For our 2018 tutorial series we’re concentrating on the organ as a means of choral accompaniment. Accompanying a choir requires that the instrument supports boldly in a limited number of places, but recedes at many other times to allow the vocal parts to come through. It is also heard in solo role joining choral sections together or providing an introduction that sets the tone for what is to follow.
You can find out more about the singers, the series and the recording sessions involved in our earlier “Tutorial Videos 2018 – Behind the Scenes” post.
Maurice Greene: Thou Visitest the Earth
Our fifth release for 2018 is the delightful anthem “Thou visitest the earth” by Maurice Greene. It’s often used at harvest time, because of its text “Thou visitest the earth and blessest it: and crownest the year with thy goodness,” based on Psalm 65. It’s actually taken from a longer verse anthem “Thou O God art praised in Sion”, and it’s set for tenor solo followed by an SATB rendition.
Greene lived and worked mainly in London during the Georgian period, being roughly contemporary with Handel (Greene was born in 1696 and died in 1755). He became organist at Wren’s recently rebuilt St Paul’s Cathedral where he had originally been a choirboy, singing under Jeremiah Clarke. He subsequently held a number of prestigious posts, including organist at the Chapel Royal, professor at Cambridge, and Master of the King’s Musick.
The accompaniment to “Thou visitest the earth” will typically be in a rather simple continuo style, mainly with quiet 8 foot flute or stopped diapason, or possibly 8 and 4 foot at times depending on the voicing of the organ in question. The accompaniment largely doubles the vocal parts, although there are moments when a little more embellishment may be in order. As Jonathan Kingston suggests in his introduction, inventive phrasing and possibly stylistic ornamentation in keeping with the customs of the period are the order of the day here.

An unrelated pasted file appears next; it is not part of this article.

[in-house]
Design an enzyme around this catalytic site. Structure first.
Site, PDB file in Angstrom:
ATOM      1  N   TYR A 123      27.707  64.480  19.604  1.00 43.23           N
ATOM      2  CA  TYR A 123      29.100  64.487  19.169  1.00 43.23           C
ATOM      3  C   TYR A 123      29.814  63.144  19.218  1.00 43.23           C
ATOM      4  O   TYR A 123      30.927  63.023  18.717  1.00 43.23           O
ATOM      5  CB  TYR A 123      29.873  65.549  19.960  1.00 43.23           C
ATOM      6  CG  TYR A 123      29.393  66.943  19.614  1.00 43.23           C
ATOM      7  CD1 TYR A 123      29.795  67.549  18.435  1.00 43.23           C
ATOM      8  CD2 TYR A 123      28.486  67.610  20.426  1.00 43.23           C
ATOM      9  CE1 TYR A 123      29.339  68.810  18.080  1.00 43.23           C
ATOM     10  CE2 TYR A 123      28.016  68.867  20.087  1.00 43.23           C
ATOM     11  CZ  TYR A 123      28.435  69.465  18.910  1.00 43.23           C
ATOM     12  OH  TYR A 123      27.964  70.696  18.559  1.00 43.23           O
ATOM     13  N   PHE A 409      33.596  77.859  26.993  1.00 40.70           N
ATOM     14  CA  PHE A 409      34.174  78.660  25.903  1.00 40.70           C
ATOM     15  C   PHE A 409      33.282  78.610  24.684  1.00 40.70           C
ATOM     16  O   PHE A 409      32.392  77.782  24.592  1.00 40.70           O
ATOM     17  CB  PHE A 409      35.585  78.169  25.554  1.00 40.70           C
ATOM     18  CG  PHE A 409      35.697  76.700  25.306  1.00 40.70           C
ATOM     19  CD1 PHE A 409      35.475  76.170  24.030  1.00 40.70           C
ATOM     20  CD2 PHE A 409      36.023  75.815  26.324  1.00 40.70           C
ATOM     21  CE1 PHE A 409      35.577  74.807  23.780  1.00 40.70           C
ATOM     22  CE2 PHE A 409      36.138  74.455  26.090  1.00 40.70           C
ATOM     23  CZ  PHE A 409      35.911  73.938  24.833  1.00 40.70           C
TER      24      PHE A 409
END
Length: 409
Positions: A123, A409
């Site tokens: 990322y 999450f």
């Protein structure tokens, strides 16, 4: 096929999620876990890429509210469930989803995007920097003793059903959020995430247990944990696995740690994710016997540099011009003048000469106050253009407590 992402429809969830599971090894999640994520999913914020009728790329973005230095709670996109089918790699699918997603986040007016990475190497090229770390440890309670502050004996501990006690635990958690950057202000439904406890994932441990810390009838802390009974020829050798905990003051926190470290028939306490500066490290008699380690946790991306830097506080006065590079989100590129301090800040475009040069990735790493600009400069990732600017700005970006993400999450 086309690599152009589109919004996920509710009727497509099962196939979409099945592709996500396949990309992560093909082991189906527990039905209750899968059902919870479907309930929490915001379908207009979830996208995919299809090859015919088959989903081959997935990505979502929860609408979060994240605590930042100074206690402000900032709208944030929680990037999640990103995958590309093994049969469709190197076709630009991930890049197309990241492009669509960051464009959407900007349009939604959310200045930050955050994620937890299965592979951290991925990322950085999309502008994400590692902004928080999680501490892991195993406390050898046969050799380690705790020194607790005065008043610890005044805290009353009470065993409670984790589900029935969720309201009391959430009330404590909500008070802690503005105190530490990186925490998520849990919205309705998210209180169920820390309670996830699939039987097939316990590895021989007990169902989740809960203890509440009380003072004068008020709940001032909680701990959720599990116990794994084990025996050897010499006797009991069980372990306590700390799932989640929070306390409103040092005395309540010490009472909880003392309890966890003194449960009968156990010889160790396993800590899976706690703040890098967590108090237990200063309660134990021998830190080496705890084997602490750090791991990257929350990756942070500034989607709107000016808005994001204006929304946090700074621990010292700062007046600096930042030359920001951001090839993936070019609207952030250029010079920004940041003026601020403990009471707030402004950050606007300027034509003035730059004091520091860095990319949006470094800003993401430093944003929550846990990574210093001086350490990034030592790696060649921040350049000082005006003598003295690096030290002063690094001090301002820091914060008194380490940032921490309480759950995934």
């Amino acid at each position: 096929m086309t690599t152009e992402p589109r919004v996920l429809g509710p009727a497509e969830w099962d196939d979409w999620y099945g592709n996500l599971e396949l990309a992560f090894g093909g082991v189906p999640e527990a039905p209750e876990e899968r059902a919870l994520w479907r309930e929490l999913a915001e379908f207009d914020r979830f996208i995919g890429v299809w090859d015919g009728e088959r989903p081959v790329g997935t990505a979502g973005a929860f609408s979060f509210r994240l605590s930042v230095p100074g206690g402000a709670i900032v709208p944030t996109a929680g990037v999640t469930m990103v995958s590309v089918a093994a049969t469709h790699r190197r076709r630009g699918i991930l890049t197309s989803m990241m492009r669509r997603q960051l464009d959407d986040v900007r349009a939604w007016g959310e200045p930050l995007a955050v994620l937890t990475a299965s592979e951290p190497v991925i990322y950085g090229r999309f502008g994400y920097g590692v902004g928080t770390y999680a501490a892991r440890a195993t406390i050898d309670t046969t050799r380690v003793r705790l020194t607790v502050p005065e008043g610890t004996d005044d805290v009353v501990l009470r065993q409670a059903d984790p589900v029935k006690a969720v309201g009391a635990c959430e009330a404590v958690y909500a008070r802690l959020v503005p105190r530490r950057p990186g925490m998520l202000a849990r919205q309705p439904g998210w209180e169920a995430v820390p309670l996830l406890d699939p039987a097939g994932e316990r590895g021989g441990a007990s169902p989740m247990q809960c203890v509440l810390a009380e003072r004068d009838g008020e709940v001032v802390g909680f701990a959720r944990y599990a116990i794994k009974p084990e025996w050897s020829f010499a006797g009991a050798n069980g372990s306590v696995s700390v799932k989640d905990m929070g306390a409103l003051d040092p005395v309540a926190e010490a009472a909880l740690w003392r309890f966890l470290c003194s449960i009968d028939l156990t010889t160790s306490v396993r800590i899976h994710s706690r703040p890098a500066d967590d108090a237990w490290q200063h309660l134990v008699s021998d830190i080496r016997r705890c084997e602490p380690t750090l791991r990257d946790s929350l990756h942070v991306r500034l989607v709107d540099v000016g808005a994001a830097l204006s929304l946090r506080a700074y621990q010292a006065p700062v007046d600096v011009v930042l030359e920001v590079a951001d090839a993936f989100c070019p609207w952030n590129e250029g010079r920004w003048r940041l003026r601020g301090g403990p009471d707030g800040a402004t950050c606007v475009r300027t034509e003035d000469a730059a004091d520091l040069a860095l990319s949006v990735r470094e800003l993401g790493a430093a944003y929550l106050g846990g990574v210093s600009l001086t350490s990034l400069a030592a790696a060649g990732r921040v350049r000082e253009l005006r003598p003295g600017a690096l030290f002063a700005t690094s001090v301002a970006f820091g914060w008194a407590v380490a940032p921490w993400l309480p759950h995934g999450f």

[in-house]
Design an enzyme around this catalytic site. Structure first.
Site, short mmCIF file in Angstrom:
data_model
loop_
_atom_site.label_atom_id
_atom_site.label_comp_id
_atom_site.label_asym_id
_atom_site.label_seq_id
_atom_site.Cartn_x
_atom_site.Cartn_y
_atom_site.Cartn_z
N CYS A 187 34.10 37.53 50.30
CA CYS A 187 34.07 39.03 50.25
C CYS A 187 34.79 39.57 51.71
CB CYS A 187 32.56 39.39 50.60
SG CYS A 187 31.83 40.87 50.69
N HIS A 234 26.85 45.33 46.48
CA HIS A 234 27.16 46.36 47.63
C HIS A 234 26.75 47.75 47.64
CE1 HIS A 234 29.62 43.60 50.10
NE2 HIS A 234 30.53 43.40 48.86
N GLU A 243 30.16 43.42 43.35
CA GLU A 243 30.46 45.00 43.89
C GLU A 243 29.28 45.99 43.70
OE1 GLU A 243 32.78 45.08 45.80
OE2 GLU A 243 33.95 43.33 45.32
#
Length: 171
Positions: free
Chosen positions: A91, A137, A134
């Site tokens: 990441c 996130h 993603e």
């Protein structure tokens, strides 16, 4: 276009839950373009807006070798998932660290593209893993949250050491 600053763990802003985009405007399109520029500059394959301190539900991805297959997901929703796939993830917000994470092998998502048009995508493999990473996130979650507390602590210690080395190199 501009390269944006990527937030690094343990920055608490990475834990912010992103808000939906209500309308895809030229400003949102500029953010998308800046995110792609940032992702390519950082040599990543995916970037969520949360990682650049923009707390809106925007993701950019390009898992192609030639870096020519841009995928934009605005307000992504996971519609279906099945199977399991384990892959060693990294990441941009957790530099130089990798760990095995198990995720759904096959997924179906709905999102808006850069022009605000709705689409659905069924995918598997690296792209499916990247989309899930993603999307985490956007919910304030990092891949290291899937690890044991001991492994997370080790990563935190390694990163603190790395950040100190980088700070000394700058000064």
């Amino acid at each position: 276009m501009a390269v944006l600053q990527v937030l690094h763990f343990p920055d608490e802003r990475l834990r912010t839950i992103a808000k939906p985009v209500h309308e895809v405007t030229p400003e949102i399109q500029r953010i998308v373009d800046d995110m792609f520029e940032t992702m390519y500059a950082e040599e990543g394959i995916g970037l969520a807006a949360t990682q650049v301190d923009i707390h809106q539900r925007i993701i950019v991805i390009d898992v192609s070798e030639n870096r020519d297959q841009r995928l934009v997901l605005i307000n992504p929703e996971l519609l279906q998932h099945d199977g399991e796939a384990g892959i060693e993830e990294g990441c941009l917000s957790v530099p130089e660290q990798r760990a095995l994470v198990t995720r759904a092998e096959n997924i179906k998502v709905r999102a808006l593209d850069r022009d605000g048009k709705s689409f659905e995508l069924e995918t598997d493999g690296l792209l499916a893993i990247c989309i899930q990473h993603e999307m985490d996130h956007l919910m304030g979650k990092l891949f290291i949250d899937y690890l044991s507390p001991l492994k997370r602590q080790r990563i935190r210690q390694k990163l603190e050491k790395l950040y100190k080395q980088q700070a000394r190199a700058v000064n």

Watch the Video Tutorial
This is played on a custom built Envoy 23-S, which is one of our most popular church organs.
About Jonathan Kingston’s Musical Background
Jonathan was an organ student while studying with Ian Tracey and Ian Wells at Liverpool Anglican Cathedral before being appointed Sub Organist at Bradford Cathedral, aged 18. Assistant Director and Director of Music appointments followed at Stowe and Bromsgrove Schools before an appointment to The King’s School in Ely where he served Ely Cathedral as a deputy organist.
Jonathan is a recording artist for Naxos, Priory and EMI Records and is an ABRSM examiner and coordinator touring the UK and internationally. As an organist, he has appeared with many leading orchestras and choirs including the Royal Liverpool Philharmonic, Halle, London Symphony Orchestra & Chorus and English Symphony Orchestra as well as featuring in many live broadcasts on BBC radio and television.
He is the newly appointed Director of Music at Stony Stratford Parish Church where he presides over the magnificent Willis pipe organ.
Jonathan’s Work With Viscount
Jonathan’s work with Viscount Classical Organs encompasses performing and presenting promotional and tutorial material for the company and his freelance portfolio covers educational outreach, teaching, performing, examining and musical direction. He covers several areas for Viscount from sales, demonstrations, voicing of instruments and performing. His playing features on the current promotional DVD material for Viscount, and he would be very pleased to hear from any churches or individuals requiring an engaging and lively recitalist. If you would like to connect with Jonathan directly, please feel free to follow him on Twitter (@jonkingston) or by email on email@example.com.
About the Digital Organ Being Played
Jonathan plays this piece on an instrument based on our Envoy 23-S. A ‘Physical Modelling’ based instrument with 23 stops in a real wood veneer cabinet. It has a huge internal library allowing the user to create 4 totally individual voice pallets from classic English through Baroque and Romantic. It benefits from a full complement of divisional thumb pistons and additional toe pistons. The standard 23-S organ has a 30 note pedal board while the instrument in the film has a 32 note board. For more information have a look at the specifications here.